The Drudgery of Mastery

Often I find my students, artists young and old, and myself in deluded moments, to be obsessed about our futures. We wonder if we will ever “make it” and spin elaborate fantasies about what that will entail while realIMG_0585ity television taunts us, like the devil, to sell our souls for a shit show.

Perhaps fantasies have their place. They may inspire us to action and there is something to be said for the positive energy they launch into the universe. However, they also trip us up when we return to earth and face the reality of the daily grind.

For this reason, years ago, I stopped warming up to music before class. I used to get myself all revved up, listening to Radiohead through my headphones. I would get lost in some other reality only to have it abrasively interrupted by the teacher’s entrance into the studio followed by the all too familiar strains of ballet music that signified the start of class. It felt like I was being torn from a dream, like I had to suffer waking up all over again. I found myself disassociated from the other people and that tended to set a precedent for the rest of the day. I started to suspect that this was not helping my work, for dancing has to do with relating to others, after all, duh, so I took the headphones off and went cold-turkey into the present moment.

For me, surrendering the music video in my head for the present moment was one small step in becoming more aware. What I would like to encourage in my students (and reinforce in myself) is to, in the same way,  replace the fantasy of “making it” with the very real possibility of mastery.

I have a refrigerator magnet that  says “All know the way. Few actually walk it.” The way may mean different things for different people, but we could apply it to artistic mastery. Yeah, few actually walk it. Why? Because it’s hard and often tedious. We are confronted with every emotional, physical, mental and spiritual limitation within ourselves. We are besieged by temptations on all sides and there is not a camera crew standing by to film our drama. The great cellist, Pablo Casals, used to fantasize that he’d be hit by a bus so that he wouldn’t have to practice. (Yes, I am strangely comforted by this.)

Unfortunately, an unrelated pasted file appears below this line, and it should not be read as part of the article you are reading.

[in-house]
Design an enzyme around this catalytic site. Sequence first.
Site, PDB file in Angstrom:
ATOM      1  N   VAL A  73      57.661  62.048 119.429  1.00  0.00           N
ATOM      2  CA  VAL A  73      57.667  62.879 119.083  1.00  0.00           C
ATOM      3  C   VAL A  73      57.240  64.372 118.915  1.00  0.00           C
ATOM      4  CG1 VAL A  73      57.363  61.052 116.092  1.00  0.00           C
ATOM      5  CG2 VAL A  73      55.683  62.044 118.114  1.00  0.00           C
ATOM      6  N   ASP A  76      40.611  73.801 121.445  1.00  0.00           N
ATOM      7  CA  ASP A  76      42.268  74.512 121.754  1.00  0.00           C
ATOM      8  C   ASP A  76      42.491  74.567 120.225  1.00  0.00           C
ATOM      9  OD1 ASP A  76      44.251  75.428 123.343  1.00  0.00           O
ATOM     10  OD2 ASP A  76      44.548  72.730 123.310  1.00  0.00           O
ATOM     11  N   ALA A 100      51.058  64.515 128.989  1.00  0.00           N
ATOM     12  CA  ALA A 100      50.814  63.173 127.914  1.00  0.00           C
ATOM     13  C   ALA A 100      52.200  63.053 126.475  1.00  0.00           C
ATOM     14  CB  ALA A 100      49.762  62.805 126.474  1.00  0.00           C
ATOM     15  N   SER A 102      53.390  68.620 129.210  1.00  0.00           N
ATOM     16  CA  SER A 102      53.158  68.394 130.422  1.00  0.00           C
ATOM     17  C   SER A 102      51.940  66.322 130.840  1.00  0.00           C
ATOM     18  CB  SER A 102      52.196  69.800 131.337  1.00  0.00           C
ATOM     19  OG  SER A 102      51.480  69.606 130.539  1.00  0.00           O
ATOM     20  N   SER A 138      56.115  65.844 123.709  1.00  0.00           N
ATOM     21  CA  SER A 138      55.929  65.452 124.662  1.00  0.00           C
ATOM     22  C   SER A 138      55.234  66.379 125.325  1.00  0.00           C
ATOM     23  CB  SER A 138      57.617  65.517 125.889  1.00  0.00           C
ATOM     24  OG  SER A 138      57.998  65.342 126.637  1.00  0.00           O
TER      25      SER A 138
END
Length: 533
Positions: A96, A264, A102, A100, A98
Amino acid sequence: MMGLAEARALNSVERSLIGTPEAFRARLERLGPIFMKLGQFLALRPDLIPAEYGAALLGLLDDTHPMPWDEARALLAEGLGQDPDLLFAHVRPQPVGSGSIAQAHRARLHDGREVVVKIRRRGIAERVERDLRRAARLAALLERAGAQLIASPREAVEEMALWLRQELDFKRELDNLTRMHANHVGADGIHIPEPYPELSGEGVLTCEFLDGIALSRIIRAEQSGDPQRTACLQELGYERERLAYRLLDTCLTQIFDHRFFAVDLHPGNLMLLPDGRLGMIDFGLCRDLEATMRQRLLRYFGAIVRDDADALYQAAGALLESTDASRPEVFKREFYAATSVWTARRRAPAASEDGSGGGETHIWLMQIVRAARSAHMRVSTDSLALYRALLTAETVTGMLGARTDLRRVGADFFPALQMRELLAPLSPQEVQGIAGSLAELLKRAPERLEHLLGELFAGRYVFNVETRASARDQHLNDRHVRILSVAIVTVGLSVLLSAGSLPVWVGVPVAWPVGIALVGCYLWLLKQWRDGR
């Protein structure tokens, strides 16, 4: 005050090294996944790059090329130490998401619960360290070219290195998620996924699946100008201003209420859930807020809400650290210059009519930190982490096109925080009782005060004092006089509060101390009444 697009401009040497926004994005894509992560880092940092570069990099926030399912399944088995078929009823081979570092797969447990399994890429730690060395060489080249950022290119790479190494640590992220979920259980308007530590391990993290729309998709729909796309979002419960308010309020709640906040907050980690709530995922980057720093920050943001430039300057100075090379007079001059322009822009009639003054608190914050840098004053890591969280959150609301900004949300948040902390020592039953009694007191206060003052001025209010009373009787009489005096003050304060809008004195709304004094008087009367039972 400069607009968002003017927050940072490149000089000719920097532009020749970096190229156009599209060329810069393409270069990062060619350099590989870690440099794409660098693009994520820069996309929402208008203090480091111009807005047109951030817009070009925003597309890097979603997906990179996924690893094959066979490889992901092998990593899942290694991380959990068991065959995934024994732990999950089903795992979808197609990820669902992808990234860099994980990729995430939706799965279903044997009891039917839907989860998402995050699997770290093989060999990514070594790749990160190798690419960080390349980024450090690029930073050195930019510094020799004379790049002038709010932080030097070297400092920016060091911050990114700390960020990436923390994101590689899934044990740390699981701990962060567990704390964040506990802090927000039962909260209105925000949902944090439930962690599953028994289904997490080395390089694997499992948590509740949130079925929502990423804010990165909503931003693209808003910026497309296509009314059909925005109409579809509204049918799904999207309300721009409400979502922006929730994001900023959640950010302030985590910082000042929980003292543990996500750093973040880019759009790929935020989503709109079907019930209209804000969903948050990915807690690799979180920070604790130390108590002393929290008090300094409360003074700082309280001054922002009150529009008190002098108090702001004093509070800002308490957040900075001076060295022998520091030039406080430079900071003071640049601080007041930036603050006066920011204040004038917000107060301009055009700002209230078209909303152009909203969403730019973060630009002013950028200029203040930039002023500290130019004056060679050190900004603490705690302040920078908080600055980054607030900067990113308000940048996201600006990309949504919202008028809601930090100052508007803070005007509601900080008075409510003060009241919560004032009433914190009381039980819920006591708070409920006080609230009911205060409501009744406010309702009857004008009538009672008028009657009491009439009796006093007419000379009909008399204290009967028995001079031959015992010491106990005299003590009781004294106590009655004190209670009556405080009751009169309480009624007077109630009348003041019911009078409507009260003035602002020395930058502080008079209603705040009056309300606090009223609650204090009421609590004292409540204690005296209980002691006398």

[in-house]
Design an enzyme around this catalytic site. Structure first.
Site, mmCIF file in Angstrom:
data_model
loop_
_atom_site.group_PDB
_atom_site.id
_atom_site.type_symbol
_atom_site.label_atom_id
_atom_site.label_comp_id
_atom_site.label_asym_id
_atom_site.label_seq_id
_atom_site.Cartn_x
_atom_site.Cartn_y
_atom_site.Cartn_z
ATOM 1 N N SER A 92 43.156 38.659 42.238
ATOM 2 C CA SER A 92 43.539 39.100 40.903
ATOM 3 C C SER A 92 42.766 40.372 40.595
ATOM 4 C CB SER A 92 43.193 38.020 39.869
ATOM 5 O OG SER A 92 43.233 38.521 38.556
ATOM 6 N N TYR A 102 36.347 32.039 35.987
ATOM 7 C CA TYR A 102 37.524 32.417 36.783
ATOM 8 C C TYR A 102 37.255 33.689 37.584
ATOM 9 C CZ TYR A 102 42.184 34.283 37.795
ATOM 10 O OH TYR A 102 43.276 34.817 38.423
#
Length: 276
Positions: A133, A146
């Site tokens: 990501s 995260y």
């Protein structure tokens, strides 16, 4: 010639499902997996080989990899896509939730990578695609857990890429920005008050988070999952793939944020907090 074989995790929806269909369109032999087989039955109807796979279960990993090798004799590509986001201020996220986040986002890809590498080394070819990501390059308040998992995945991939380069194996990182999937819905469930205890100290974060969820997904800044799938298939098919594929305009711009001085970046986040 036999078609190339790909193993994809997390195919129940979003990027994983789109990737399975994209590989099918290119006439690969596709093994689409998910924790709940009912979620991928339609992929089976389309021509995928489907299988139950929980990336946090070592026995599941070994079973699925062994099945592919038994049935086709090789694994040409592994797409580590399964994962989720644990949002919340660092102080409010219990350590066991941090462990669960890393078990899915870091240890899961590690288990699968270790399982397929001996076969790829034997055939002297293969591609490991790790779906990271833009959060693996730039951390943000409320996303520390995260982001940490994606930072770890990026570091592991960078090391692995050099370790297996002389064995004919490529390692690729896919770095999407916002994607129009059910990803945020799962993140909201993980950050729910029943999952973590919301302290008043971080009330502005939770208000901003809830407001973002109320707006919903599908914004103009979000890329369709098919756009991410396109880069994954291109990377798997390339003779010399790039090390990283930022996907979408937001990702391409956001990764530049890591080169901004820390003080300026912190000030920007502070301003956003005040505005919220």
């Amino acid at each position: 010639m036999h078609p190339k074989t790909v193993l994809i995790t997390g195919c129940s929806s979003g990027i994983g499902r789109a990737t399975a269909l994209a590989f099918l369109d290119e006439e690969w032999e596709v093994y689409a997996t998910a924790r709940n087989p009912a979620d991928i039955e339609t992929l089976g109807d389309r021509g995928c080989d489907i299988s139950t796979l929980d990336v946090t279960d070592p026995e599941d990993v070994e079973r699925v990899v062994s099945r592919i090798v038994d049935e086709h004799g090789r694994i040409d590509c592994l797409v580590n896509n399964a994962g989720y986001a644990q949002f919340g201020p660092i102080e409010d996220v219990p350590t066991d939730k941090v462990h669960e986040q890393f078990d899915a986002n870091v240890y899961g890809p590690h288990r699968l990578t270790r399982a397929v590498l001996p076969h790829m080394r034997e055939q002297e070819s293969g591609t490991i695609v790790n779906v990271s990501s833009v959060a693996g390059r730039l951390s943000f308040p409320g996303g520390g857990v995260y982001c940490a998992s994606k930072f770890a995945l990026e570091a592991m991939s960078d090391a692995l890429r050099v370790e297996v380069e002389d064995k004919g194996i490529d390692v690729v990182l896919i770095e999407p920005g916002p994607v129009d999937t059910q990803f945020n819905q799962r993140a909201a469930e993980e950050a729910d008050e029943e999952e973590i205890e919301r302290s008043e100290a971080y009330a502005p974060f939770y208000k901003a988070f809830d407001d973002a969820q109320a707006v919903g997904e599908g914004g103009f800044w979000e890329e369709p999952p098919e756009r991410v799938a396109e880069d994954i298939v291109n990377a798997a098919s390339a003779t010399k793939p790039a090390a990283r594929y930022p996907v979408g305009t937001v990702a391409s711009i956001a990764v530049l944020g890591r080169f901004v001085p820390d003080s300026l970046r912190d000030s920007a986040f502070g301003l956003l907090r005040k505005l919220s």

Ultimately, what it boils down to is saying yes. Consistently. Spend less time worrying about the future and just say yes right now, to this moment: Will I take a dance class today? Yes. Will I paint today? Yes. Write, photograph, design today? Yes, yes, yes. Even though I feel like crap? Yes. Even though I’m bored? Yes. Even though I-hate-that-teacher-my-boyfriend-broke-up-with-me-everyone-else-is-going-to-the-beach-instead? Uh huh.

In certain Asian traditions, one is not considered a master until they’ve been consistently practicing something for 30 years. 30 years of the yeses outweighing the nos. Sobering, ain’t it. And then, maybe you’ll find that it was just a tool all along. The ballet, or painting, or whatever. Just a tool. For the ultimate in mastery which is, of course, to master oneself.


One response to “The Drudgery of Mastery

  • Swati

    My Dear Dear Tai,

    This is so beautiful. Thank you for the comfort of your words, and the knowing that the mastery is in the moment. I am always wondering how to penetrate the inifinity of the present. Can we practice that together. Loving you so much and always, Swati

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